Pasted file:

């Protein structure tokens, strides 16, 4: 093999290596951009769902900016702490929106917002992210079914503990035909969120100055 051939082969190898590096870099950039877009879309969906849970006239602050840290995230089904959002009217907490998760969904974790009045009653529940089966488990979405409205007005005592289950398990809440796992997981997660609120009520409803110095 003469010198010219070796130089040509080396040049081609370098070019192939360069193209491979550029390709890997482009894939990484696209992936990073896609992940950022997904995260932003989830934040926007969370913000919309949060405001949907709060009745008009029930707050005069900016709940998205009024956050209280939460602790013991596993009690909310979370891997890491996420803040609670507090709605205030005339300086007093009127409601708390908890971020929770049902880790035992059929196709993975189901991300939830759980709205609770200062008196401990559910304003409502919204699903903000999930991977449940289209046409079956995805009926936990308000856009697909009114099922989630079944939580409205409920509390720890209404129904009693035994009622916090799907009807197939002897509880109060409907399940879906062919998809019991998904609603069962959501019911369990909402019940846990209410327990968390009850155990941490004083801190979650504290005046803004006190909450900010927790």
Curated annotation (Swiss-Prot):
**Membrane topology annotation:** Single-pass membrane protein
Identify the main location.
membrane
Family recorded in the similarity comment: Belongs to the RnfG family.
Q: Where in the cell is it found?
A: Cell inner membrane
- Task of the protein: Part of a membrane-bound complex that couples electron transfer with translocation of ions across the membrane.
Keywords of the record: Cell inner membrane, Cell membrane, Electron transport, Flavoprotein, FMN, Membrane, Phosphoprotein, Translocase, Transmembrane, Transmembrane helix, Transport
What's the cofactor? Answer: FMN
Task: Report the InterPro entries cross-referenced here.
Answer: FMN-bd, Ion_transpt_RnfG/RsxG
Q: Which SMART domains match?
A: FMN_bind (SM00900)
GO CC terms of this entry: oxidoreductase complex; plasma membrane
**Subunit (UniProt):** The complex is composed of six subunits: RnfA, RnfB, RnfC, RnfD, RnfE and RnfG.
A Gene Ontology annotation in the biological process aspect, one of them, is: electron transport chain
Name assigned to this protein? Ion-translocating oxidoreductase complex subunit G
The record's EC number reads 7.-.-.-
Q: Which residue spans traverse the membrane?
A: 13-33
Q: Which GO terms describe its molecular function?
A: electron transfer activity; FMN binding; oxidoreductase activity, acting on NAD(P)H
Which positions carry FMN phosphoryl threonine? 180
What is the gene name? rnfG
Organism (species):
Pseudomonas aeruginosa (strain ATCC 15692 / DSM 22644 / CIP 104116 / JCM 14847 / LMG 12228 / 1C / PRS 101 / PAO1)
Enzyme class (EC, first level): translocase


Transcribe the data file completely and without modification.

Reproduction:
């Protein structure tokens, strides 16, 4: 093999290596951009769902900016702490929106917002992210079914503990035909969120100055 051939082969190898590096870099950039877009879309969906849970006239602050840290995230089904959002009217907490998760969904974790009045009653529940089966488990979405409205007005005592289950398990809440796992997981997660609120009520409803110095 003469010198010219070796130089040509080396040049081609370098070019192939360069193209491979550029390709890997482009894939990484696209992936990073896609992940950022997904995260932003989830934040926007969370913000919309949060405001949907709060009745008009029930707050005069900016709940998205009024956050209280939460602790013991596993009690909310979370891997890491996420803040609670507090709605205030005339300086007093009127409601708390908890971020929770049902880790035992059929196709993975189901991300939830759980709205609770200062008196401990559910304003409502919204699903903000999930991977449940289209046409079956995805009926936990308000856009697909009114099922989630079944939580409205409920509390720890209404129904009693035994009622916090799907009807197939002897509880109060409907399940879906062919998809019991998904609603069962959501019911369990909402019940846990209410327990968390009850155990941490004083801190979650504290005046803004006190909450900010927790």
Curated annotation (Swiss-Prot):
**Membrane topology annotation:** Single-pass membrane protein
Identify the main location.
membrane
Family recorded in the similarity comment: Belongs to the RnfG family.
Q: Where in the cell is it found?
A: Cell inner membrane
- Task of the protein: Part of a membrane-bound complex that couples electron transfer with translocation of ions across the membrane.
Keywords of the record: Cell inner membrane, Cell membrane, Electron transport, Flavoprotein, FMN, Membrane, Phosphoprotein, Translocase, Transmembrane, Transmembrane helix, Transport
What's the cofactor? Answer: FMN
Task: Report the InterPro entries cross-referenced here.
Answer: FMN-bd, Ion_transpt_RnfG/RsxG
Q: Which SMART domains match?
A: FMN_bind (SM00900)
GO CC terms of this entry: oxidoreductase complex; plasma membrane
**Subunit (UniProt):** The complex is composed of six subunits: RnfA, RnfB, RnfC, RnfD, RnfE and RnfG.
A Gene Ontology annotation in the biological process aspect, one of them, is: electron transport chain
Name assigned to this protein? Ion-translocating oxidoreductase complex subunit G
The record's EC number reads 7.-.-.-
Q: Which residue spans traverse the membrane?
A: 13-33
Q: Which GO terms describe its molecular function?
A: electron transfer activity; FMN binding; oxidoreductase activity, acting on NAD(P)H
Which positions carry FMN phosphoryl threonine? 180
What is the gene name? rnfG
Organism (species):
Pseudomonas aeruginosa (strain ATCC 15692 / DSM 22644 / CIP 104116 / JCM 14847 / LMG 12228 / 1C / PRS 101 / PAO1)
Enzyme class (EC, first level): translocase